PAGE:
Judith Wellman, a historian of 19th century America who received the 2011 Award of Excellence from the Preservation League of New York State, will discuss the Underground Railroad on Wednesday, Feb. 22, at SUNY Cortland.
Wellman, who runs her own historical investigation firm, will present ”Harriet Tubman and Beyond: Documenting the Underground Railroad in New York State,” during a 12:30 p.m. sandwich seminar in Brockway Hall Jacobus Lounge. The presentation, part of the College’s Black History Month (BHM) series during February, is free and open to the public.
“It is important for us to remember that slavery happened and that it can happen again,” remarked Wellman, a SUNY Oswego professor emerita who has focused her teaching and research on the Underground Railroad and historical preservation. She is the founder and principal investigator of Historical New York Research Associates.
Wellman, who earned a Ph.D. from the University of Virginia, will begin her talk by attempting to banish the myth that the Underground Railroad was a hushed process that left behind no concrete information or evidence.
“Many believe that the Underground Railroad was some huge secret that cannot be accurately researched, but that is not true,” said Wellman. During her lecture, Wellman will demonstrate how to identify and use reliable sources on the Underground Railroad.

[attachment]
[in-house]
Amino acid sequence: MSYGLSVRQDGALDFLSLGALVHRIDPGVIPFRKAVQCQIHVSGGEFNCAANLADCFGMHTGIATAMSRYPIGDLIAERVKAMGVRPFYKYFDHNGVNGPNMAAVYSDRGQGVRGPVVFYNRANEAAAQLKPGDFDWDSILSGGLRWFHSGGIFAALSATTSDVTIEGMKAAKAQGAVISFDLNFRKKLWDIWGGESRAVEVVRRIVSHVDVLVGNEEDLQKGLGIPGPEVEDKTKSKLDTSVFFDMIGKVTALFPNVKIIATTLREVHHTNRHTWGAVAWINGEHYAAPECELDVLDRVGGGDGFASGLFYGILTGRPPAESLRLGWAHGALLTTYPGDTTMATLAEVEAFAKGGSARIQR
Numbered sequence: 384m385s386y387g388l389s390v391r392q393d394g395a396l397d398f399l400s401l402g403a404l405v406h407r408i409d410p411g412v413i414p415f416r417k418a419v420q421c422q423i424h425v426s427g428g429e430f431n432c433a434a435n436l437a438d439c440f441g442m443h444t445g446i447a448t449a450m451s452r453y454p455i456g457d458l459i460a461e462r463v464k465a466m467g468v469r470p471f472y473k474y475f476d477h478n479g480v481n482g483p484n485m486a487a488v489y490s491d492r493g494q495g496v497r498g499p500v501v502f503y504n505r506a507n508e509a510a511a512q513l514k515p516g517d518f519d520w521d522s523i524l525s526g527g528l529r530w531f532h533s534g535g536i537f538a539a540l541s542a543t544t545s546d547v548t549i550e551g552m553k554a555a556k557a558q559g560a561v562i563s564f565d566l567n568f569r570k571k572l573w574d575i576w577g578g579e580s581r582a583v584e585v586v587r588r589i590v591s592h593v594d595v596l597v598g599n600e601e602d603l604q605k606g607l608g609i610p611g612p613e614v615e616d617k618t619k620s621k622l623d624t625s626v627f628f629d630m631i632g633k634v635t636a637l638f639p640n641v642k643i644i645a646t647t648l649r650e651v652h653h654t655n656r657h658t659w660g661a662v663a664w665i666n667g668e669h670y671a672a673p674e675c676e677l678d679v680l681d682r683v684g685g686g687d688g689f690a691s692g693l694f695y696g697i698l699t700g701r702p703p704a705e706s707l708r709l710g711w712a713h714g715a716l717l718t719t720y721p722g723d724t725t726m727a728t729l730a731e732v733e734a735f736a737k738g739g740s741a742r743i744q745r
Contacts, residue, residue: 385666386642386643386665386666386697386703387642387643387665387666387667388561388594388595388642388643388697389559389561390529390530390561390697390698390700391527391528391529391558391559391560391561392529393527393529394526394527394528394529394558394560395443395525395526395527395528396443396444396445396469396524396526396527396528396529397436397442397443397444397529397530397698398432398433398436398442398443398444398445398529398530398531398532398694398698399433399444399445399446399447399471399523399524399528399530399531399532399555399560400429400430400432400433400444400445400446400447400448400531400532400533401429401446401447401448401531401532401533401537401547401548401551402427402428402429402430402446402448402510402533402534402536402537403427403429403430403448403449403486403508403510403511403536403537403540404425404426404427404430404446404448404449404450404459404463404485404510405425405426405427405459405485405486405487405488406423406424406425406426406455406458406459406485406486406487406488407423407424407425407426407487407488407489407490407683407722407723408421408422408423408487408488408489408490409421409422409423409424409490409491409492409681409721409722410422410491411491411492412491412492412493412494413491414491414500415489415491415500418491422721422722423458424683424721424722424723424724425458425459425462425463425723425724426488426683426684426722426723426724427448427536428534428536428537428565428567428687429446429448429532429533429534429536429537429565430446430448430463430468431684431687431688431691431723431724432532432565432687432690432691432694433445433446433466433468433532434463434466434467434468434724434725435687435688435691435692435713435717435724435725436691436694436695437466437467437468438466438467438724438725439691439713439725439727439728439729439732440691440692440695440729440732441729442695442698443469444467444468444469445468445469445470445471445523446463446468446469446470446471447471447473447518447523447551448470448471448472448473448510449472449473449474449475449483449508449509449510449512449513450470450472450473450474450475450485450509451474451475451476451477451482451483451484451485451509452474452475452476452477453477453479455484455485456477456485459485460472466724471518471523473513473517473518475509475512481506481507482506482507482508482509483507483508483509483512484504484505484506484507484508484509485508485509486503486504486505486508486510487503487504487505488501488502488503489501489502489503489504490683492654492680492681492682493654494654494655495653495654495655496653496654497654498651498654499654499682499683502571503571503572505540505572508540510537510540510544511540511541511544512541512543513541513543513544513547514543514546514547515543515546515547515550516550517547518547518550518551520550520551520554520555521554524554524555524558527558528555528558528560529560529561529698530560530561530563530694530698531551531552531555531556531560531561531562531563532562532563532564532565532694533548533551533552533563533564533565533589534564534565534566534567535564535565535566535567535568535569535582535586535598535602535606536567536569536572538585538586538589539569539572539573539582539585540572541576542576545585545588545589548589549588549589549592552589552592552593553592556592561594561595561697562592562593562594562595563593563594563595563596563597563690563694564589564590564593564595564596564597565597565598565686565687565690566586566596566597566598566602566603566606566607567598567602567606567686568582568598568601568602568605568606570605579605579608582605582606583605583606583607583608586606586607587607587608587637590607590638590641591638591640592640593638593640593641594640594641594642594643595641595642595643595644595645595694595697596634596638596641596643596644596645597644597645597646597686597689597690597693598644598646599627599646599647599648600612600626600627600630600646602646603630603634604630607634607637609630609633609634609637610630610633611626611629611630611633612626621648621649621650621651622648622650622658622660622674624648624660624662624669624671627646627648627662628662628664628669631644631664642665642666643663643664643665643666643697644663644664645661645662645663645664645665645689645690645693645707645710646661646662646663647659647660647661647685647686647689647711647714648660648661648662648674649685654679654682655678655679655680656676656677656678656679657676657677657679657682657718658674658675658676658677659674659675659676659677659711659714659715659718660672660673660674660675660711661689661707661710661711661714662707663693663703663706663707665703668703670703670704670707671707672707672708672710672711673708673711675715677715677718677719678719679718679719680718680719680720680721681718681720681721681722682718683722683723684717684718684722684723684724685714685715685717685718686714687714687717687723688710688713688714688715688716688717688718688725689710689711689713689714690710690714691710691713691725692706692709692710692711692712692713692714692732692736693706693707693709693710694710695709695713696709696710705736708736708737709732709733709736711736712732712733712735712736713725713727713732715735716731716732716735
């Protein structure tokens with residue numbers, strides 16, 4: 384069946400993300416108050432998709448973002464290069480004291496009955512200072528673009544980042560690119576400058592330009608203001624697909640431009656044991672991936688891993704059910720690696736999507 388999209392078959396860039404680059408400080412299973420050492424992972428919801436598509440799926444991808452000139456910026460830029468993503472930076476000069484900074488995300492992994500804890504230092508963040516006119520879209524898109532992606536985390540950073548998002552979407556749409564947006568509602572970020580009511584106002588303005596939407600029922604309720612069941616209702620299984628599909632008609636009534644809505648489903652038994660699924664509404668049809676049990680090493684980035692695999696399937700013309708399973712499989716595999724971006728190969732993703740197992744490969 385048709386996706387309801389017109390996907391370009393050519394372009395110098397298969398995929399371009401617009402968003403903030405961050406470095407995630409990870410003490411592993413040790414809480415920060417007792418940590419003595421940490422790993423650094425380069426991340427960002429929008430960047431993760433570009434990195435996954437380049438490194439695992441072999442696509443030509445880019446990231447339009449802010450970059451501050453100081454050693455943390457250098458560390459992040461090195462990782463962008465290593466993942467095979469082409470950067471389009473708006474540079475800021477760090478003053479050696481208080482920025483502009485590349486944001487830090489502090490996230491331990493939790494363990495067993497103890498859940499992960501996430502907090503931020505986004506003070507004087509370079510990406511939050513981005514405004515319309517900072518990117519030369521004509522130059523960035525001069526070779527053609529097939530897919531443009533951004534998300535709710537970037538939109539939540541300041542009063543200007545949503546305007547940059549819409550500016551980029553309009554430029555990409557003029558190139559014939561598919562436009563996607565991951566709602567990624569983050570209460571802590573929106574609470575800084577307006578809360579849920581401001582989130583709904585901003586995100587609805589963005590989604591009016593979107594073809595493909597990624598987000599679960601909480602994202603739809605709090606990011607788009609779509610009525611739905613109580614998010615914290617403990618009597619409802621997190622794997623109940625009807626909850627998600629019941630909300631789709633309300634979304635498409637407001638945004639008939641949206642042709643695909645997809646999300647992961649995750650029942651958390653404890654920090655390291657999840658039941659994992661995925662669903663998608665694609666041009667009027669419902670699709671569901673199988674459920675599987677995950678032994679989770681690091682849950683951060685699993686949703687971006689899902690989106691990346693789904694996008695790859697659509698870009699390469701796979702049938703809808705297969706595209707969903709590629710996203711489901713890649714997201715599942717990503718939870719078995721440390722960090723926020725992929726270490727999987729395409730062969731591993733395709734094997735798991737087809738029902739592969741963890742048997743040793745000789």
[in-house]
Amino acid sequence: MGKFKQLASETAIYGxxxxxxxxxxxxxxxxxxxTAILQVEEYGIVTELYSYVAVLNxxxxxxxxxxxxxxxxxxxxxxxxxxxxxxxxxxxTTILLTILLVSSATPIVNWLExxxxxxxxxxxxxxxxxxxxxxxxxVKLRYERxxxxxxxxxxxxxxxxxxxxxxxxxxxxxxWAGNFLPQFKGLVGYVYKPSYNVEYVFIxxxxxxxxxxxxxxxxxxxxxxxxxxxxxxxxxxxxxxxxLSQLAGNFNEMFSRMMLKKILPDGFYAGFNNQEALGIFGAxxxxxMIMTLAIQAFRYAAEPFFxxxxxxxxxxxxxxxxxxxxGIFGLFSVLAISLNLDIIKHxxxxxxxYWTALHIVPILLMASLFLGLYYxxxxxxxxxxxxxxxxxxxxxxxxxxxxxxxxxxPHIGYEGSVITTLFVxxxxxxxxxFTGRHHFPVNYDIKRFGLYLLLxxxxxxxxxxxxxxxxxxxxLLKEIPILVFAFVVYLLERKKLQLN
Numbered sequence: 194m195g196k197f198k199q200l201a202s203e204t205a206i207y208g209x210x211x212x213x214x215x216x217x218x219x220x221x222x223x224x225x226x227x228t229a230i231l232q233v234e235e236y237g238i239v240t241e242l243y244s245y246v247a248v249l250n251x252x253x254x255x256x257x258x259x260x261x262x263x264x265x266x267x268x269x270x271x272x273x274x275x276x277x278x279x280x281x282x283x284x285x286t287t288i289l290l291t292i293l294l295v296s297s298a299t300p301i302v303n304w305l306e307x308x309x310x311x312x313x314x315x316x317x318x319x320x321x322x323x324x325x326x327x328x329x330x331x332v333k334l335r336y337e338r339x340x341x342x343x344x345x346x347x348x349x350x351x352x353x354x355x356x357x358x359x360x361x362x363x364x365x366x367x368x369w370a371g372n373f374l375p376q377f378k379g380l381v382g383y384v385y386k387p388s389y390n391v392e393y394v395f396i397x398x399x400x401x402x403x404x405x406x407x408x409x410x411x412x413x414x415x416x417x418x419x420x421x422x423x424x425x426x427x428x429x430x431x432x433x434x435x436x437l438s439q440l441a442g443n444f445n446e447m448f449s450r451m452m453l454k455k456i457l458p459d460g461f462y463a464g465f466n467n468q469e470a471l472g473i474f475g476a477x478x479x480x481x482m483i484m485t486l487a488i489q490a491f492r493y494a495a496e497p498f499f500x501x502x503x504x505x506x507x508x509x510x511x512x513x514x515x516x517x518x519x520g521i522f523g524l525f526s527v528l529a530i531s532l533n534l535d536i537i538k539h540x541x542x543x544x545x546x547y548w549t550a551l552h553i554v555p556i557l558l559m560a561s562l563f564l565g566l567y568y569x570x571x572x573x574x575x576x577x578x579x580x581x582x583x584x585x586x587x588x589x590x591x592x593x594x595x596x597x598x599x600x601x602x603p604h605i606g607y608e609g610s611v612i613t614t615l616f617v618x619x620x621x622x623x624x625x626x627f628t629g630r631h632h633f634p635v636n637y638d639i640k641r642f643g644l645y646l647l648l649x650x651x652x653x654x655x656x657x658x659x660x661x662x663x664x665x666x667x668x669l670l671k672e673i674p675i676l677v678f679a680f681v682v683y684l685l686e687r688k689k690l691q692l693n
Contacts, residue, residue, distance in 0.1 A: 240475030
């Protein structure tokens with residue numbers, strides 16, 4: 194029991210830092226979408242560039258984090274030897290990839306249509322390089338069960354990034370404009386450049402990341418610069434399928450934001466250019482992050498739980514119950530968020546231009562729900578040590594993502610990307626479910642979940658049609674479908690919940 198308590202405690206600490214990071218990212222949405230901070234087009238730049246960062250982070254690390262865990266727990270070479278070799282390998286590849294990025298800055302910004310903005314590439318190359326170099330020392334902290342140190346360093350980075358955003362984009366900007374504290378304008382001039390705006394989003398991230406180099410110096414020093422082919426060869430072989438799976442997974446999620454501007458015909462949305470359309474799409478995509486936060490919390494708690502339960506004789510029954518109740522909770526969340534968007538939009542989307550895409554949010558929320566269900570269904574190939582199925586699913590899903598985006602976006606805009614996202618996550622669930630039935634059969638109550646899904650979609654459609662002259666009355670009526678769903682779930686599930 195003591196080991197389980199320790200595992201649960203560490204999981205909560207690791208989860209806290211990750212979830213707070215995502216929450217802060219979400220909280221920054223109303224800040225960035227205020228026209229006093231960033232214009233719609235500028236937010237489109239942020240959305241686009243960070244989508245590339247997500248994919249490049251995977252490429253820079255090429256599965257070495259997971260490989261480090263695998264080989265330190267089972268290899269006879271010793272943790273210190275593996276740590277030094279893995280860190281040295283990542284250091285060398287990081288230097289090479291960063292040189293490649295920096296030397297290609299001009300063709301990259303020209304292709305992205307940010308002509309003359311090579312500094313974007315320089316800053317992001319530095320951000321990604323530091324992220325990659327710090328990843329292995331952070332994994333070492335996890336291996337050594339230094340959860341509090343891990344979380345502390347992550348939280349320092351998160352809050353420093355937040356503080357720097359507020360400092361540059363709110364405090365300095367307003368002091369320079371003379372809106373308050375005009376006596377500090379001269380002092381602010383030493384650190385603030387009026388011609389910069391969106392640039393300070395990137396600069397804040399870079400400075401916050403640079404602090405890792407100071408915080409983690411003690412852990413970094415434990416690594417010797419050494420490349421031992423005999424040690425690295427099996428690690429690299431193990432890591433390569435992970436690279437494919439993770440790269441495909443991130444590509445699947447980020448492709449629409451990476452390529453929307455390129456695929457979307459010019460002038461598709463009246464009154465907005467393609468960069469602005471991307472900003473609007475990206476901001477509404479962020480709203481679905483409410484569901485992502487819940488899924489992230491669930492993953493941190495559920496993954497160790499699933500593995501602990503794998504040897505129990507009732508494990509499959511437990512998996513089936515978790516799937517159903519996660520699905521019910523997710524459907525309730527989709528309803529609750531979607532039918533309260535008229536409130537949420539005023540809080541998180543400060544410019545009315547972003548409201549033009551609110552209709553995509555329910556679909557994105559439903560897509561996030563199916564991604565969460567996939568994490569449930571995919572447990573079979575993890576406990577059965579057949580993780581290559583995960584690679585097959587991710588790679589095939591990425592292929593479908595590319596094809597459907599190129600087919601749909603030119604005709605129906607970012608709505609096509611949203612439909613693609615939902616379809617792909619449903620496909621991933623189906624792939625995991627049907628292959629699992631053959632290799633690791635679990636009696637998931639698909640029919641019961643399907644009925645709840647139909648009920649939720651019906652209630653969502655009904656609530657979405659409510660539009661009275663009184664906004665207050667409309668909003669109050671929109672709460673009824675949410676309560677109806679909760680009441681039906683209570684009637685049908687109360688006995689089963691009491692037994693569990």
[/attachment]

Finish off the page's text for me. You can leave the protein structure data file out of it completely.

She also hopes to bring cultural awareness to those in attendance.
“Everyone knows who Harriet Tubman is,” Wellman said. “But what they do not know is that she came to New York first because of all the Underground Railroad activity going on here.”
Wellman also will explore the importance of the region’s relationship to the Underground Railroad, and raise the audience’s awareness of its potential for future tourism.
“With an awareness of our culture, we can then bring economic development to communities that may not otherwise get it,” Wellman said.
Wellman said her loyalty to the study of upstate New York’s Underground Railroad involvement has to do with her passion for her local and cultural heritage.
“It helps us recapture ourselves,” she said. “It was a different time, but it’s the same place.”
Wellman’s dedication and interest in the upstate New York region shines throughout her books, which include The Road to Seneca Falls: Elizabeth Cady Stanton and the Beginning of the Women's Rights Movement (2004) and Grassroots Reform in the Burned-over District of Upstate New York: Religion, Abolitionism and Democracy (2000).
Wellman’s lecture is just one of many Black History Month events at SUNY Cortland. The Africana Studies Department has organized BHM events for the College since the late 1970s. This year’s BHM campus events are posted online in the College’s homepage calendar and on the Africana Studies Department and the Multicultural Life and Diversity Office websites. They are open to the public and free unless otherwise noted.
For more information about Black History Month, contact organizer Seth Asumah, SUNY Distinguished Teaching Professor of Political Science, at (607) 753-2064, or in Old Main, Room 208-B.